Posted on: July 1, 2014
My heart drops. The words coming out of my father’s mouth make sense, or rather, would make sense if they were coming from anyone else. But from him, they are blasphemy.
I glance over at him, digesting what he just said, trying to form a response and it hits me how much he has changed. Gone is the stoic, granite face I’ve always known, replaced by a gaunt, wrinkled old man.
“Xeriscape?” The word is sharp and prickly as it rolls off my tongue. I try to lace my voice with confusion, with disdain, anything to cover up the quiver that is trying to expose my fear. “You want to xeriscape the yard?”
We are sitting on his front step, sipping glasses of iced tea, watching as the heat rises off the street and blurs the distant Tucson skyline. I look around me at the well-coiffed grass. Lush and luxuriant and impossibly green, it is the type of lawn you only see on landscaping brochures. But there has been no photoshopping here; just hours of meticulous, painstaking labor.
“Yeah, I’ve been thinking about it for awhile. Change is good. It keeps you young.”
He turns away from me because he is lying. Worse yet, he knows that I know he is lying--but this is what we do, this is how we communicate. We talk without talking, beating around the bush, or I guess in this case, the entire yard.
“And it’s better for the environment, too, uses a lot less water.”
This is utter bullshit; my father’s environmental ideology skews hard right. In his lifelong quest for the perfect yard, nothing was sacred, certainly not the ecosystem. Fertilizers, pesticides, ignoring city-mandated water rationing; whatever it took to have the best lawn in town, he did it, consequences to Mother Nature be damned.
I nod my head and pat him on the back.
“I gotta go, Dad. I’ve got to mow my own yard today, too. I’ll see you later, okay?”
“Alright, Jack.” He hesitates, like he wants to say something else. Instead, he shuffles into the air conditioned house. “See you later.”
My wife is in the kitchen unpacking groceries when I get home. I grab a beer from the six-pack she just pulled from the shopping bag. Bitter and lukewarm, it does nothing to soothe my jangled nerves.
“Hi honey, how are your parents?” she asks.
“Mom seems good. Dad’s given up on life.” I take another long drink from my beer.
“My dad wants to rip up his entire fucking yard and put in a bunch of fucking cacti.”
“And that means he has given up on life?”
“Don’t you realize how fucking crazy that is? He loves his lawn more than most people love their children.”
“Yeah, but now you have to help him take care of it. Maybe he doesn’t want to be a burden. He’s a proud man.”
“It’s not a problem. I don’t mind helping him.”
“Did you tell him that?”
“Well, no…” I drain the last of the tepid beer and reach for another. Before I can open it my wife takes it from my hand and replaces it with a cold one from the fridge.
“That’s what I figured.” She walks out of the kitchen. “Jesus, I wish you two would learn to talk about your feelings.”
The gravel parking lot of the farmstand/greenhouse is populated mostly with Subaru Foresters and Toyota Priuses. I back my Dodge Ram into one of the last parking spots and we survey the scene. The people milling about are certainly not the big-box home improvement store demographic that we are used to.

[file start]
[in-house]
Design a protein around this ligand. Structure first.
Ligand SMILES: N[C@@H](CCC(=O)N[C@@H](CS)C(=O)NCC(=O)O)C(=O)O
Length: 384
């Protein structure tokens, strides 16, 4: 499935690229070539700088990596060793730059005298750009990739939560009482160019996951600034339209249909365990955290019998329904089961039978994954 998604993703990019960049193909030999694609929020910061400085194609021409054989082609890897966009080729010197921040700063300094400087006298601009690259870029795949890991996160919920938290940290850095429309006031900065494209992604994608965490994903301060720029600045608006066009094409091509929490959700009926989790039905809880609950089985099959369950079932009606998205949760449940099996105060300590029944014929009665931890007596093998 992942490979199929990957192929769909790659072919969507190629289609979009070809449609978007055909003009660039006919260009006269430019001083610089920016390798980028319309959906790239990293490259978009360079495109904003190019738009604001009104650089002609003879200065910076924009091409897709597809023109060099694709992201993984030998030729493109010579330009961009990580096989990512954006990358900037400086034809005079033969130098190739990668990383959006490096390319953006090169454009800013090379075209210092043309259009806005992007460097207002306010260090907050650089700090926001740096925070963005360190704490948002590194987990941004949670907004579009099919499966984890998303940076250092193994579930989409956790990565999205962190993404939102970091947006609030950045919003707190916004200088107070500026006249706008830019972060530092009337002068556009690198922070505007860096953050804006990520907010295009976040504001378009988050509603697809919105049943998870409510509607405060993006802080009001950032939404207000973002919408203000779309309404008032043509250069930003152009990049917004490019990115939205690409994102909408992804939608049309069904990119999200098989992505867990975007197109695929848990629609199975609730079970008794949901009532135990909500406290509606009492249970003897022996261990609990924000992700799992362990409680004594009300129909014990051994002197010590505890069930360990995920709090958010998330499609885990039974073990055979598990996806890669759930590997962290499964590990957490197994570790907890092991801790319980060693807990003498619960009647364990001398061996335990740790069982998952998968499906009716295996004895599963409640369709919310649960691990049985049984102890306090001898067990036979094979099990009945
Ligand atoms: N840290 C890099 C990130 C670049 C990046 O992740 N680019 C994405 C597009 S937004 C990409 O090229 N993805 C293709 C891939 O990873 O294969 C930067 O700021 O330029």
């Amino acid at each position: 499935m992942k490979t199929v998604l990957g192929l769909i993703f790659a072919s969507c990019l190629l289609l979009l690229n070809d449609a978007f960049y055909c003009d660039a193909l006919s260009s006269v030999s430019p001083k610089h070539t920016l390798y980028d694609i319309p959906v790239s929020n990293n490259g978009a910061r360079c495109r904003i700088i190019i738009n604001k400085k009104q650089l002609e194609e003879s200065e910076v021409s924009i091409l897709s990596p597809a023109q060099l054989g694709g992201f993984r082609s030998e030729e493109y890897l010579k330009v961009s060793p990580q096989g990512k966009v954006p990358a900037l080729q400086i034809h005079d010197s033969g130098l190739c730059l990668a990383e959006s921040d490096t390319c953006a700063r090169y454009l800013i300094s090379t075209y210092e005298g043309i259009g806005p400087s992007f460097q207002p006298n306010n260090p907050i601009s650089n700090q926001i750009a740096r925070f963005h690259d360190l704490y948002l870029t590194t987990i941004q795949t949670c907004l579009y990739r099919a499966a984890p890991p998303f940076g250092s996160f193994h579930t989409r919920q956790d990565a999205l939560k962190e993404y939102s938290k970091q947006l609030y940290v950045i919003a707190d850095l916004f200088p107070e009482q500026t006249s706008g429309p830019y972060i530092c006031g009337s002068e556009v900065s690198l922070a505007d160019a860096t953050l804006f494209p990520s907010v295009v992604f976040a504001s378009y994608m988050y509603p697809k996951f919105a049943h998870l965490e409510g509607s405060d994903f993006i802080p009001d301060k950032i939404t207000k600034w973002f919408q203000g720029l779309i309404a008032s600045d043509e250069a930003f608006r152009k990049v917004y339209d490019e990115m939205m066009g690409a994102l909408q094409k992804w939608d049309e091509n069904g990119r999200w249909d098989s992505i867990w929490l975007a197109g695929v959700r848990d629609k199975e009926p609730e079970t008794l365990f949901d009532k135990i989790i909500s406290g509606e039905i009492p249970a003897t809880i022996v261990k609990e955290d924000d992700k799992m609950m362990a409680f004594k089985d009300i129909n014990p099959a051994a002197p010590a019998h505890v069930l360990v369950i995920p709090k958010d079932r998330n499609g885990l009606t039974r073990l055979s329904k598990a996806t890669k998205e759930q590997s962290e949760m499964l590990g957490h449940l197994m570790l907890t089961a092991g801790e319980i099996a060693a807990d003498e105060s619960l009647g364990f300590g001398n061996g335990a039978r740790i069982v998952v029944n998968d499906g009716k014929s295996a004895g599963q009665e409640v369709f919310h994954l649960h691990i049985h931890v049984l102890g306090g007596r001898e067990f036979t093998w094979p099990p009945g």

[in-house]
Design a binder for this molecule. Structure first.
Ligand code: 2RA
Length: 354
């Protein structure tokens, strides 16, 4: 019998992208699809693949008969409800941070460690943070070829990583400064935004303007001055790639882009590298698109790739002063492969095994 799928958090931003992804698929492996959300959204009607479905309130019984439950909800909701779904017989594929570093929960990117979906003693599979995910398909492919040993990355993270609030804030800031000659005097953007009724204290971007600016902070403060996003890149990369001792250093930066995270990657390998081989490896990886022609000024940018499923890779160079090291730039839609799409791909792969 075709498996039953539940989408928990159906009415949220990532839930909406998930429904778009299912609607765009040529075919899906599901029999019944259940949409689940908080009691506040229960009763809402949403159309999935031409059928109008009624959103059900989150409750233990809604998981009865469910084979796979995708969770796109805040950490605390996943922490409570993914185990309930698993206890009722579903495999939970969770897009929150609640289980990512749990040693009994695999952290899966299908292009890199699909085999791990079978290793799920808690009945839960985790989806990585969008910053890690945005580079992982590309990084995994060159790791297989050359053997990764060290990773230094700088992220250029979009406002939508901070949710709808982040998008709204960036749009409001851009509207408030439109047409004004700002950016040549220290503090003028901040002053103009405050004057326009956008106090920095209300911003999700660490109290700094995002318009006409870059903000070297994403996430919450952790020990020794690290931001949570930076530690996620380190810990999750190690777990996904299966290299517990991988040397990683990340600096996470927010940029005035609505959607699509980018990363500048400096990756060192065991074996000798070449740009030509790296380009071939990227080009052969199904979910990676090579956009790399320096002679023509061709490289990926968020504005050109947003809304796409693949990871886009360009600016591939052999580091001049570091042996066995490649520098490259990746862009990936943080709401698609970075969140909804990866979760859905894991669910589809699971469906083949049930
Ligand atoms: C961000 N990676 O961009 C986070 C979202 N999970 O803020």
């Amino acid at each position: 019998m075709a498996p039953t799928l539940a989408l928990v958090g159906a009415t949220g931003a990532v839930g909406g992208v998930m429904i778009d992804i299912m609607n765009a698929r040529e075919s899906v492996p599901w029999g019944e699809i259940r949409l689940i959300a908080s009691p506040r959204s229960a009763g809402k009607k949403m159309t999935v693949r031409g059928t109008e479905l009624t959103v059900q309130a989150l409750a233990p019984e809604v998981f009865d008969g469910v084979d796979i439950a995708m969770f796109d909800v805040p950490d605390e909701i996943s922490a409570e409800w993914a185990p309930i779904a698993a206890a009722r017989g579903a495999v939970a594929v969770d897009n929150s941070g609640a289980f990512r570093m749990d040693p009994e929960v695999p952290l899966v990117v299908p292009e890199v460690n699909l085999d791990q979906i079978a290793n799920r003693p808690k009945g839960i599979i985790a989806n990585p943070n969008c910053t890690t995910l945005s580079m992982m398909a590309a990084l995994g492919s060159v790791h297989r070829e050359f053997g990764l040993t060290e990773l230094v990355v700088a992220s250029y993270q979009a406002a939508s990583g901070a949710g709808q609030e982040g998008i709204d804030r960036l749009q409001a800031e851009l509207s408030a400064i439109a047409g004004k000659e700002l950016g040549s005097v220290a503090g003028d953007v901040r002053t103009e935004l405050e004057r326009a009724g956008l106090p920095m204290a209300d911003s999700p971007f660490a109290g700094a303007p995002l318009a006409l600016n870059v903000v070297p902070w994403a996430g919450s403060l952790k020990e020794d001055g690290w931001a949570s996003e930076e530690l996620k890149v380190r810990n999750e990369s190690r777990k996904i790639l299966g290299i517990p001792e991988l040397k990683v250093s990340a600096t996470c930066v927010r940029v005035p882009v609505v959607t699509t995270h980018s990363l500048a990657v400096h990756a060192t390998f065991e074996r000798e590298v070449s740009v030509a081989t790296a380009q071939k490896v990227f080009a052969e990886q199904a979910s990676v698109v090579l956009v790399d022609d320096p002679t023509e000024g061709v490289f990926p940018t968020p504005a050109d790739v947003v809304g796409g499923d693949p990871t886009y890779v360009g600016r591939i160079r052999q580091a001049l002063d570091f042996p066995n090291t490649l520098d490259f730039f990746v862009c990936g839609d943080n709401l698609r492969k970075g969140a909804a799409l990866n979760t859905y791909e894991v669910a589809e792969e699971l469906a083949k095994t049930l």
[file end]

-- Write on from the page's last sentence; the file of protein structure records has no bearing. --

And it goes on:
“I didn’t know there were so many shades of khaki,” my father says, as he takes in the crowd.
He’s right. The place is crawling with aging hippie/yuppies, all clad in Birkenstocks and draped in various shades of light brown, happily carrying succulents of differing shapes and sizes back to their fuel-efficient cars.
We sit in silence and I glance in the side mirror and notice, really notice, that my dad is not the only one who has aged. My hair has become more salt, less pepper, and the lines around my eyes have deepened. I guess you can fuck over Mother Nature, but you can’t beat Father Time .
“You know Dad, you don’t have to do this. I don’t mind helping you with your yard at all.”
“Yeah, but you’re a busy man. You’ve got your own life, and your own lawn.”
“Dad,” my voice wavers as I put my hand on his arm, “I love helping you. It… it gives me a chance to hang out with you.”
He stares out the side window and clears his throat.
When he turns back to look at me, his eyes are moist. He takes a deep breath and gives my hand a squeeze. “That heart attack scared me. It made me realize that I might not have much time left.”
“Dad, don’t say that.” I can’t bring myself to look at him.
“It’s true, and sometimes you just have to face the truth. I don’t know when and I don’t know how, but I got old, Jack. I’m seventy-eight years old.” The number sinks in and he lets out a sigh. “Man, seventy-eight. Do you know how old Pop was when he died?”
“He was in his sixties wasn’t he?” I can barely speak.
“Sixty-three. And my mom was seventy-one.”
“People are living a lot longer these days Dad, and you’re in better shape than a lot of men half your age.”
“Yeah, but good shape or not, once your ticker starts to go...” he puts his hand on his chest, I see fear in his eyes.
We sit in silence, watching the people come and go. I fixate on a young father, walking with two kids, one holding each hand, a look of pure bliss on his face.
“I’ve never really contemplated life without you,” I whisper, both to him and myself.
He takes another deep breath.
“Well, I’m not gone yet, am I? And I’m not giving up. I’ve still got some living to do. I want to take your mom to Hawaii, go camping with you and Sara and the kids, hell, I might even give skydiving a whirl.”
He looks over at me and smiles.
“But I’ll tell you one thing, and it’s the truth, I’m pretty fucking sick of mowing the lawn. Come on, let’s go look at some cacti.”
Written by: Ben Cook
Photograph by: Daniel Vidal
This work is licensed under a Creative Commons Attribution-NonCommercial-NoDerivs 3.0 Unported License
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